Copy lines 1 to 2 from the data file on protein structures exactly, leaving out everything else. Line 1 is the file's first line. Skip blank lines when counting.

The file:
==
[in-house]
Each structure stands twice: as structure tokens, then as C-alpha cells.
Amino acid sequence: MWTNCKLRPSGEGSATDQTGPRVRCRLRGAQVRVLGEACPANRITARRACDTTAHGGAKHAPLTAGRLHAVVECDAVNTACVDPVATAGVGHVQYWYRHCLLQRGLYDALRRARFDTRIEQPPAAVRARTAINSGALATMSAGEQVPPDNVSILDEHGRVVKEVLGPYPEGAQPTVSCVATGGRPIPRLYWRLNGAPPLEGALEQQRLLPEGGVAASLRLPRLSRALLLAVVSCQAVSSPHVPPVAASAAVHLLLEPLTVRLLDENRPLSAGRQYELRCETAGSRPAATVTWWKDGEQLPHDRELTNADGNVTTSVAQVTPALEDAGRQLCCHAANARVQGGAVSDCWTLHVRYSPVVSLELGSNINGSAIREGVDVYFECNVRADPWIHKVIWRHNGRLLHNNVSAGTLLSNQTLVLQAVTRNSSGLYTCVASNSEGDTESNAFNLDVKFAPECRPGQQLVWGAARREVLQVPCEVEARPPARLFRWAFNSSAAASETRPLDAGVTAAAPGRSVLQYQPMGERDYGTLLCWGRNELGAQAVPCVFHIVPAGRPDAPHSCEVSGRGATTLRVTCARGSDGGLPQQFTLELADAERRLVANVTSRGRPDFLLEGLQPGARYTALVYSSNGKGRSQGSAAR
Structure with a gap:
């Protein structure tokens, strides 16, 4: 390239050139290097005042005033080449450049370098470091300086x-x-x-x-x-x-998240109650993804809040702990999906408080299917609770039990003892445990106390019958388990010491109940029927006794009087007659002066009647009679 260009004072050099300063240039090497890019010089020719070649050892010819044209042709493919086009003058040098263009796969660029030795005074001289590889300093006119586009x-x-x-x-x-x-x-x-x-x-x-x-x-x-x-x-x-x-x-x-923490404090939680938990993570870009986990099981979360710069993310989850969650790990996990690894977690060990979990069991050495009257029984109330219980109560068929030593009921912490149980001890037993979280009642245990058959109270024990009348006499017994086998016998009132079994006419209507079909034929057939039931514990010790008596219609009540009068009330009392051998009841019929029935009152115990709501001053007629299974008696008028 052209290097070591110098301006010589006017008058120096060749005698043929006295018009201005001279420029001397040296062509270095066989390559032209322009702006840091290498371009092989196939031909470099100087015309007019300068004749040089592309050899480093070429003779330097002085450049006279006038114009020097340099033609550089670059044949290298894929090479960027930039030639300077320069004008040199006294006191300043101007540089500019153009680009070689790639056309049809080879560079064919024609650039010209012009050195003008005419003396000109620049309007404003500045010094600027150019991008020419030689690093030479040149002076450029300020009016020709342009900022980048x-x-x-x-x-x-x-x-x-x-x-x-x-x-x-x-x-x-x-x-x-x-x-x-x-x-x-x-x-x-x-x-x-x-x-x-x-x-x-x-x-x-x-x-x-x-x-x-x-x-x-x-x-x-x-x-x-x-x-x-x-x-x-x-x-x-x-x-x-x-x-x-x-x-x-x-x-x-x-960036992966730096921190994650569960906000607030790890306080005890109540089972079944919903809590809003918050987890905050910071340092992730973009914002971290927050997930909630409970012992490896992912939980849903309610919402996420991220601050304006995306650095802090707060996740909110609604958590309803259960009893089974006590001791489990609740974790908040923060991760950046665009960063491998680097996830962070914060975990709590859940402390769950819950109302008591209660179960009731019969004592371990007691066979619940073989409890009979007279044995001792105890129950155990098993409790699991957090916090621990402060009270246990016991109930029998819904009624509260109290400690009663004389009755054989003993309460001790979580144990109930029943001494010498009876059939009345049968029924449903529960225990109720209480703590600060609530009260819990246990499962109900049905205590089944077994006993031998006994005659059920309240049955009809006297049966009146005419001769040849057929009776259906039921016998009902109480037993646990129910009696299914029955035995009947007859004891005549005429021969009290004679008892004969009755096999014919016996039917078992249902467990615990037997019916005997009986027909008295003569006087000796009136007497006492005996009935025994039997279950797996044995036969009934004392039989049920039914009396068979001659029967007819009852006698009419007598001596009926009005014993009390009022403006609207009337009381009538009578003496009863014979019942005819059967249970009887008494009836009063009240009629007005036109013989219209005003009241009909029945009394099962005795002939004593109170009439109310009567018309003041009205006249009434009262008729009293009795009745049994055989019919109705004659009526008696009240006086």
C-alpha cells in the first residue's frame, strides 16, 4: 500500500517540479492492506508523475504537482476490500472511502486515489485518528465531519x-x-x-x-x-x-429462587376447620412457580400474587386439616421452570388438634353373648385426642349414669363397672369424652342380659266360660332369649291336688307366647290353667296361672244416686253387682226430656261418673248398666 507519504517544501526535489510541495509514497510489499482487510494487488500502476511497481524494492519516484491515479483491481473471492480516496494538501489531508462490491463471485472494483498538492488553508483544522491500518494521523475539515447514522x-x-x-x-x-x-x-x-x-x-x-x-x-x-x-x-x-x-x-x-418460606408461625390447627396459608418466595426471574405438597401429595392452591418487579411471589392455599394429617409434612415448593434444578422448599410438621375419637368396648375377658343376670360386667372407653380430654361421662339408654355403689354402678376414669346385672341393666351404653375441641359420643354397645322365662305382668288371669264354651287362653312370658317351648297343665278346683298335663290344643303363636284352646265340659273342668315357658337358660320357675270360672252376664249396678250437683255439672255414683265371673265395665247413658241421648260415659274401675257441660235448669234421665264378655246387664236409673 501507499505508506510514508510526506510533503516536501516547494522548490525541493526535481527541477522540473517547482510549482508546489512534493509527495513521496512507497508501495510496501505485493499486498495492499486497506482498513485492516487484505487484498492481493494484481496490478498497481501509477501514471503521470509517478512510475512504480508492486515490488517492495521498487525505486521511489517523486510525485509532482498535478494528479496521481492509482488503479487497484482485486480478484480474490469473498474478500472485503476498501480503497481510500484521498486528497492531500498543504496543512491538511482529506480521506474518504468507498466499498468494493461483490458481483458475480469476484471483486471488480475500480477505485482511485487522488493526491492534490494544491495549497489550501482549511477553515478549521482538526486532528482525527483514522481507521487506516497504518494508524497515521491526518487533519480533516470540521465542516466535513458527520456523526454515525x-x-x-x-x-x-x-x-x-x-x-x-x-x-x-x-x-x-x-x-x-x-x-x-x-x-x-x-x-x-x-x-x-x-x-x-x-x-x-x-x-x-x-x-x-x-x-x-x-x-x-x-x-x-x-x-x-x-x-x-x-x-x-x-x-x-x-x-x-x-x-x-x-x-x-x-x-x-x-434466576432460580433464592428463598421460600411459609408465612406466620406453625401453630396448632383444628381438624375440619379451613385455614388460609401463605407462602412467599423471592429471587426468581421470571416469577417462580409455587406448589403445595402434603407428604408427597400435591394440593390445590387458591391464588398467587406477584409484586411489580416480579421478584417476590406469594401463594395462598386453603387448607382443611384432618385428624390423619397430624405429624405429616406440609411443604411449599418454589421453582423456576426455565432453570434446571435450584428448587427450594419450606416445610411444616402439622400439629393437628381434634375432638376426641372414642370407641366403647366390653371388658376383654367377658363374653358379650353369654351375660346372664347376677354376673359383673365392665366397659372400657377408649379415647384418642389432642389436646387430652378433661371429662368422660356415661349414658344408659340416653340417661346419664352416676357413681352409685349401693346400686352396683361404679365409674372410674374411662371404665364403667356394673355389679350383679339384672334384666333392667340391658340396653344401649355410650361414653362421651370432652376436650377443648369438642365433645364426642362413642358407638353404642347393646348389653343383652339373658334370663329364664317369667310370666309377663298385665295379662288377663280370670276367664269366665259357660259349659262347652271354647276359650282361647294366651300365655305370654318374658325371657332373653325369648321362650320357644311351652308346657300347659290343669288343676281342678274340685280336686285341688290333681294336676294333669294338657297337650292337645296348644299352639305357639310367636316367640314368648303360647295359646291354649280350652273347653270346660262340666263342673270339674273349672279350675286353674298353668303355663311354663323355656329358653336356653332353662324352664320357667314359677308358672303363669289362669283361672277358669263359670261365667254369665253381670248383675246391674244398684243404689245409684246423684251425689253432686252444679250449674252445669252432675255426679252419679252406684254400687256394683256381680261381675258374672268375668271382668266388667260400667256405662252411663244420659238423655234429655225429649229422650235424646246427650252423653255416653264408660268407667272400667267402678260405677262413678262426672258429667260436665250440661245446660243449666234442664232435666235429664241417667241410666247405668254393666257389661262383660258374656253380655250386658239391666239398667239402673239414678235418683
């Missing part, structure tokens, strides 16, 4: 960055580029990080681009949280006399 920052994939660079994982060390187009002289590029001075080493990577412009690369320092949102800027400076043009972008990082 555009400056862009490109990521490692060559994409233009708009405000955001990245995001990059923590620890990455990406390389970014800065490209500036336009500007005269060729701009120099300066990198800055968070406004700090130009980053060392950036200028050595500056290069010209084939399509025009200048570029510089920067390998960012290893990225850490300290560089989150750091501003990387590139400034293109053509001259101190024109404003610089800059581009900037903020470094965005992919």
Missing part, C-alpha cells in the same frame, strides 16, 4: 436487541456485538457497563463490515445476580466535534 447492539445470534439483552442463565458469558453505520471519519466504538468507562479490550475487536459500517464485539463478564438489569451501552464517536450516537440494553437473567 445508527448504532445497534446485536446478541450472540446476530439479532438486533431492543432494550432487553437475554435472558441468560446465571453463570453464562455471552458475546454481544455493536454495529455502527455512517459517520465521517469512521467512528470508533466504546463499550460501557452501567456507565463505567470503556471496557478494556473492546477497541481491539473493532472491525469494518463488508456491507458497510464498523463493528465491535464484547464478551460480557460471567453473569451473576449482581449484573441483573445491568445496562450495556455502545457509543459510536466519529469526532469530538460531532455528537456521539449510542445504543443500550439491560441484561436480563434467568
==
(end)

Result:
[in-house]
Each structure stands twice: as structure tokens, then as C-alpha cells.